Last month Securities and Exchange Commissioner Hester Peirce delivered a speech outlining safe harbor provisions for decentralized projects to raise funds for their projects. In the speech entitled, “Running on Empty: A Proposal to Fill the Gap Between Regulation and Decentralization” Commissioner Peirce recognized the confusion and lack of clarity digital asset developers face in attempting to raise funds to launch their projects, while attempting to adhere to the letter of the law. The speech laid out the current issues faced by some blockchain businesses before asserting the proposal for safe harbor. It is important to understand what this means and how it opens the door to further innovation in the United States, a country that has lagged behind other jurisdictions when it comes to definitive guidance around Initial Coins Offerings (ICOs) and other token generation events (TGEs).
The dilemma challenging most crypto projects located in the United States is that of issuing a coin or token for the network in exchange for the funding to continue the development of that decentralized enterprise. In the aftermath of the 2017 ICO craze, the Securities and Exchange Commission (SEC) vigorously lodged enforcement actions against a multitude of offenders. Such enforcement actions left good actors in a quandary of what to do next with limited resources. Reliance on the Howey Test only brought about further confusion and consternation for regulatory experts and entrepreneurs alike.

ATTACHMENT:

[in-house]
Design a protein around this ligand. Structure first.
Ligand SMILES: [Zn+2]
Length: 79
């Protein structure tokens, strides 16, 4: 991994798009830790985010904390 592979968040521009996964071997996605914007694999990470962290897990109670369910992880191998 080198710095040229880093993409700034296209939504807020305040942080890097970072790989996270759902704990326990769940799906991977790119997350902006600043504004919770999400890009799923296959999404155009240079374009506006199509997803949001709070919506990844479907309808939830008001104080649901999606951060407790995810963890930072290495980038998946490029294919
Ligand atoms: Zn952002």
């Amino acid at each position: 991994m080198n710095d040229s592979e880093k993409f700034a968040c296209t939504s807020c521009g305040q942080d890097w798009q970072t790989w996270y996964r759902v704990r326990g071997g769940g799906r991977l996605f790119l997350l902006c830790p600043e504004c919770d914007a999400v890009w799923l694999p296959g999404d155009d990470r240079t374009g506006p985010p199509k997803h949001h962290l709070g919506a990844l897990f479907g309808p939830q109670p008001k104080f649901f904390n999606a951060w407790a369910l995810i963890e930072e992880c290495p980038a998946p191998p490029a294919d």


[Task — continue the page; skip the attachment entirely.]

Commissioner Peirce’s proposal would allow for a three year period for projects to tokenize and adequately decentralize. During this three year period the token or coin would not be deemed a security by the SEC, lifting a significant burden on those who were unclear how to navigate the previously murky regulatory waters. It is important to know that this proposed rule (Proposed Securities Act Rule 195 – Time-limited Exemption for tokens) will not immediately become a law or statute, but does likely indicate the direction of the agency in the future when dealing with ICOs.
This proposal shows that the SEC is taking measured steps towards lessoning and clarifying regulation without stifling continued innovation and economic opportunity, which surely serves as a relief for many US-based crypto projects seeking funding for tokens.